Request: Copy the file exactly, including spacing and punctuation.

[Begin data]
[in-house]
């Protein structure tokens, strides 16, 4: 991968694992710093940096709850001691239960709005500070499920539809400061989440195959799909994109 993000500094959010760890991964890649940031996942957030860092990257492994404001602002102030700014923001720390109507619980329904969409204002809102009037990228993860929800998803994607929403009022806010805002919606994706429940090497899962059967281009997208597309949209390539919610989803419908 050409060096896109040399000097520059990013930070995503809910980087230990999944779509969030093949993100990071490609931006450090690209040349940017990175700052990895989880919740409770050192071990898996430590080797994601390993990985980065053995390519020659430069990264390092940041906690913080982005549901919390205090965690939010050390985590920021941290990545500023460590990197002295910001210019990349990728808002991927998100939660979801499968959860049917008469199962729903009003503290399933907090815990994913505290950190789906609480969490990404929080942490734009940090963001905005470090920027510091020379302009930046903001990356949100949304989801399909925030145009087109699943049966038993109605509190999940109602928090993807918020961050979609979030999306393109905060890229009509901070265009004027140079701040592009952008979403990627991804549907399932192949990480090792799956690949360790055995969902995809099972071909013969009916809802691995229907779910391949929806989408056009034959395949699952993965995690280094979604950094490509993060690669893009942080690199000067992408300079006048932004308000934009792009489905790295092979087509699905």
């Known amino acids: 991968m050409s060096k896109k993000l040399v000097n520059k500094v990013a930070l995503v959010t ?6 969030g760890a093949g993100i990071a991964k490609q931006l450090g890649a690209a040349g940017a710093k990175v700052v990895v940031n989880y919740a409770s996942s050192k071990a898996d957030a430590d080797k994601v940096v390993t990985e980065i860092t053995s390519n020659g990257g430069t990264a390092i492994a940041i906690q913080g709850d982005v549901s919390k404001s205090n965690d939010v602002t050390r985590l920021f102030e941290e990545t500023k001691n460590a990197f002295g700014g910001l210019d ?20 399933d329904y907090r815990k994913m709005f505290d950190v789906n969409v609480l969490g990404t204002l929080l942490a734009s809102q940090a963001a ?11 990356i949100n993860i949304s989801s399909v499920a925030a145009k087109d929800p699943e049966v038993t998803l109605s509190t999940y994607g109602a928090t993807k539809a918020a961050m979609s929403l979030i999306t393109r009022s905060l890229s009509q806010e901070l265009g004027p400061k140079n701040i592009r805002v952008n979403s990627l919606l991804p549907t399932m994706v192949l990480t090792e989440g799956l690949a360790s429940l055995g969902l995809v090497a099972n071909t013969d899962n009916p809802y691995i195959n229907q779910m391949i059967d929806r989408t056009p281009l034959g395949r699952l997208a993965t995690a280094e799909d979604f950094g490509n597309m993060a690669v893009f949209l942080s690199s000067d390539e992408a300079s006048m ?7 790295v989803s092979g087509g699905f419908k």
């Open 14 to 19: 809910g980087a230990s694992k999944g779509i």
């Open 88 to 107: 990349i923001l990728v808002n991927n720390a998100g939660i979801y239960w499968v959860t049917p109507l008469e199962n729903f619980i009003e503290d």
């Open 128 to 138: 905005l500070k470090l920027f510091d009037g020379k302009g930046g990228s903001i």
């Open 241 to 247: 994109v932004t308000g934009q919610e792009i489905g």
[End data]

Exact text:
[in-house]
């Protein structure tokens, strides 16, 4: 991968694992710093940096709850001691239960709005500070499920539809400061989440195959799909994109 993000500094959010760890991964890649940031996942957030860092990257492994404001602002102030700014923001720390109507619980329904969409204002809102009037990228993860929800998803994607929403009022806010805002919606994706429940090497899962059967281009997208597309949209390539919610989803419908 050409060096896109040399000097520059990013930070995503809910980087230990999944779509969030093949993100990071490609931006450090690209040349940017990175700052990895989880919740409770050192071990898996430590080797994601390993990985980065053995390519020659430069990264390092940041906690913080982005549901919390205090965690939010050390985590920021941290990545500023460590990197002295910001210019990349990728808002991927998100939660979801499968959860049917008469199962729903009003503290399933907090815990994913505290950190789906609480969490990404929080942490734009940090963001905005470090920027510091020379302009930046903001990356949100949304989801399909925030145009087109699943049966038993109605509190999940109602928090993807918020961050979609979030999306393109905060890229009509901070265009004027140079701040592009952008979403990627991804549907399932192949990480090792799956690949360790055995969902995809099972071909013969009916809802691995229907779910391949929806989408056009034959395949699952993965995690280094979604950094490509993060690669893009942080690199000067992408300079006048932004308000934009792009489905790295092979087509699905």
């Known amino acids: 991968m050409s060096k896109k993000l040399v000097n520059k500094v990013a930070l995503v959010t ?6 969030g760890a093949g993100i990071a991964k490609q931006l450090g890649a690209a040349g940017a710093k990175v700052v990895v940031n989880y919740a409770s996942s050192k071990a898996d957030a430590d080797k994601v940096v390993t990985e980065i860092t053995s390519n020659g990257g430069t990264a390092i492994a940041i906690q913080g709850d982005v549901s919390k404001s205090n965690d939010v602002t050390r985590l920021f102030e941290e990545t500023k001691n460590a990197f002295g700014g910001l210019d ?20 399933d329904y907090r815990k994913m709005f505290d950190v789906n969409v609480l969490g990404t204002l929080l942490a734009s809102q940090a963001a ?11 990356i949100n993860i949304s989801s399909v499920a925030a145009k087109d929800p699943e049966v038993t998803l109605s509190t999940y994607g109602a928090t993807k539809a918020a961050m979609s929403l979030i999306t393109r009022s905060l890229s009509q806010e901070l265009g004027p400061k140079n701040i592009r805002v952008n979403s990627l919606l991804p549907t399932m994706v192949l990480t090792e989440g799956l690949a360790s429940l055995g969902l995809v090497a099972n071909t013969d899962n009916p809802y691995i195959n229907q779910m391949i059967d929806r989408t056009p281009l034959g395949r699952l997208a993965t995690a280094e799909d979604f950094g490509n597309m993060a690669v893009f949209l942080s690199s000067d390539e992408a300079s006048m ?7 790295v989803s092979g087509g699905f419908k």
């Open 14 to 19: 809910g980087a230990s694992k999944g779509i």
């Open 88 to 107: 990349i923001l990728v808002n991927n720390a998100g939660i979801y239960w499968v959860t049917p109507l008469e199962n729903f619980i009003e503290d």
């Open 128 to 138: 905005l500070k470090l920027f510091d009037g020379k302009g930046g990228s903001i």
């Open 241 to 247: 994109v932004t308000g934009q919610e792009i489905g």